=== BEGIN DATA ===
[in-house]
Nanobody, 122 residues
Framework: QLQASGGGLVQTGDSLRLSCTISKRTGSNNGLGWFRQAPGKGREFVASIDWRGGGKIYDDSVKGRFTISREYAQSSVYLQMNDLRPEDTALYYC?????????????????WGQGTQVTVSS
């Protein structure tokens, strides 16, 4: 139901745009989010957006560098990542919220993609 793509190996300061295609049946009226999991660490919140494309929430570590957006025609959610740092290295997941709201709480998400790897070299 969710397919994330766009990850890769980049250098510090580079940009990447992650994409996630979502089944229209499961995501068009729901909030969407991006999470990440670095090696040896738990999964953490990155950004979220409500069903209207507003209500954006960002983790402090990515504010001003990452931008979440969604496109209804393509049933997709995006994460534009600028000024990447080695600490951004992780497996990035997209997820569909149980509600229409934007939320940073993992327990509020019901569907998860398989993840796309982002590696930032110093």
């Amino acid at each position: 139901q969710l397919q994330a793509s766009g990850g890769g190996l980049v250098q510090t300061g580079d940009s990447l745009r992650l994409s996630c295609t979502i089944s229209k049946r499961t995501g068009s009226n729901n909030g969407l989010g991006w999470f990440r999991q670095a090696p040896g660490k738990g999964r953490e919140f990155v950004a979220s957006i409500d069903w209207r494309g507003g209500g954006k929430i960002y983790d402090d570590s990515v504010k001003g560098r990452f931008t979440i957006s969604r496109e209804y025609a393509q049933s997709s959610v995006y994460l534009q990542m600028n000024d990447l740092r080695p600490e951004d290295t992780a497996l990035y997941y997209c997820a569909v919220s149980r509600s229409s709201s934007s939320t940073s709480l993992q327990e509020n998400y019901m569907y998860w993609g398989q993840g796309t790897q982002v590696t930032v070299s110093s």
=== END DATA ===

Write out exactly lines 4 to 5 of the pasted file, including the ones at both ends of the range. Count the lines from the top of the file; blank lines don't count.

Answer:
């Protein structure tokens, strides 16, 4: 139901745009989010957006560098990542919220993609 793509190996300061295609049946009226999991660490919140494309929430570590957006025609959610740092290295997941709201709480998400790897070299 969710397919994330766009990850890769980049250098510090580079940009990447992650994409996630979502089944229209499961995501068009729901909030969407991006999470990440670095090696040896738990999964953490990155950004979220409500069903209207507003209500954006960002983790402090990515504010001003990452931008979440969604496109209804393509049933997709995006994460534009600028000024990447080695600490951004992780497996990035997209997820569909149980509600229409934007939320940073993992327990509020019901569907998860398989993840796309982002590696930032110093």
């Amino acid at each position: 139901q969710l397919q994330a793509s766009g990850g890769g190996l980049v250098q510090t300061g580079d940009s990447l745009r992650l994409s996630c295609t979502i089944s229209k049946r499961t995501g068009s009226n729901n909030g969407l989010g991006w999470f990440r999991q670095a090696p040896g660490k738990g999964r953490e919140f990155v950004a979220s957006i409500d069903w209207r494309g507003g209500g954006k929430i960002y983790d402090d570590s990515v504010k001003g560098r990452f931008t979440i957006s969604r496109e209804y025609a393509q049933s997709s959610v995006y994460l534009q990542m600028n000024d990447l740092r080695p600490e951004d290295t992780a497996l990035y997941y997209c997820a569909v919220s149980r509600s229409s709201s934007s939320t940073s709480l993992q327990e509020n998400y019901m569907y998860w993609g398989q993840g796309t790897q982002v590696t930032v070299s110093s």